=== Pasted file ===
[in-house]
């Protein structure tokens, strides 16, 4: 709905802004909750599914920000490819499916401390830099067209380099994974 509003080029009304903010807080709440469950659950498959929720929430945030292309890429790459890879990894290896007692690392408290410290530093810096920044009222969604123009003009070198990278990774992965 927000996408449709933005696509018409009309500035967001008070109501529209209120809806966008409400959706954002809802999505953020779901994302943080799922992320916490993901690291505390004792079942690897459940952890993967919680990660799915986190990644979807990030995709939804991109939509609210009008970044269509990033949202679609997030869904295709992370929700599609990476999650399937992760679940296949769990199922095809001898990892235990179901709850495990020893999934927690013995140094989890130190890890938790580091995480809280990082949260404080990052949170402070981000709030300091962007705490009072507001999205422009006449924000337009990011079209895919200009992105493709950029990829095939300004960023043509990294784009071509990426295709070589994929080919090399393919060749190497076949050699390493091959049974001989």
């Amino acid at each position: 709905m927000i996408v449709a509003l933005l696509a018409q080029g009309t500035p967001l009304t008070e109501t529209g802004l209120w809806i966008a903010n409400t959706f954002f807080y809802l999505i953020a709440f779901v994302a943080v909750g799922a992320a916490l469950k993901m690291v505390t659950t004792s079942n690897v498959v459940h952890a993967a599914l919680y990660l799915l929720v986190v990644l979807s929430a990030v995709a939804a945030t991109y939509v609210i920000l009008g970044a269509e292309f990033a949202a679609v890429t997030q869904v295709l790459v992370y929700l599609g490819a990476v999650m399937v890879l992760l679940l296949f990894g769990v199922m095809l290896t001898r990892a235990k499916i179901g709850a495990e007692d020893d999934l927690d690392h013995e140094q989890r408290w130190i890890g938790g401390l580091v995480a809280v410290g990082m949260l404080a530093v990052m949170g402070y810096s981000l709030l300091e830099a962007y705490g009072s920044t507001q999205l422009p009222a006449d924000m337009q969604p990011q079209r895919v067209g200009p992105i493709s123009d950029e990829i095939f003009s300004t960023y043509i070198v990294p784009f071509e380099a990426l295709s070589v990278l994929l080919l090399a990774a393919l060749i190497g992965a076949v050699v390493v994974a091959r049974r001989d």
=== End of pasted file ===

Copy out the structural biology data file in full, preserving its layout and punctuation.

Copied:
[in-house]
């Protein structure tokens, strides 16, 4: 709905802004909750599914920000490819499916401390830099067209380099994974 509003080029009304903010807080709440469950659950498959929720929430945030292309890429790459890879990894290896007692690392408290410290530093810096920044009222969604123009003009070198990278990774992965 927000996408449709933005696509018409009309500035967001008070109501529209209120809806966008409400959706954002809802999505953020779901994302943080799922992320916490993901690291505390004792079942690897459940952890993967919680990660799915986190990644979807990030995709939804991109939509609210009008970044269509990033949202679609997030869904295709992370929700599609990476999650399937992760679940296949769990199922095809001898990892235990179901709850495990020893999934927690013995140094989890130190890890938790580091995480809280990082949260404080990052949170402070981000709030300091962007705490009072507001999205422009006449924000337009990011079209895919200009992105493709950029990829095939300004960023043509990294784009071509990426295709070589994929080919090399393919060749190497076949050699390493091959049974001989």
């Amino acid at each position: 709905m927000i996408v449709a509003l933005l696509a018409q080029g009309t500035p967001l009304t008070e109501t529209g802004l209120w809806i966008a903010n409400t959706f954002f807080y809802l999505i953020a709440f779901v994302a943080v909750g799922a992320a916490l469950k993901m690291v505390t659950t004792s079942n690897v498959v459940h952890a993967a599914l919680y990660l799915l929720v986190v990644l979807s929430a990030v995709a939804a945030t991109y939509v609210i920000l009008g970044a269509e292309f990033a949202a679609v890429t997030q869904v295709l790459v992370y929700l599609g490819a990476v999650m399937v890879l992760l679940l296949f990894g769990v199922m095809l290896t001898r990892a235990k499916i179901g709850a495990e007692d020893d999934l927690d690392h013995e140094q989890r408290w130190i890890g938790g401390l580091v995480a809280v410290g990082m949260l404080a530093v990052m949170g402070y810096s981000l709030l300091e830099a962007y705490g009072s920044t507001q999205l422009p009222a006449d924000m337009q969604p990011q079209r895919v067209g200009p992105i493709s123009d950029e990829i095939f003009s300004t960023y043509i070198v990294p784009f071509e380099a990426l295709s070589v990278l994929l080919l090399a990774a393919l060749i190497g992965a076949v050699v390493v994974a091959r049974r001989d």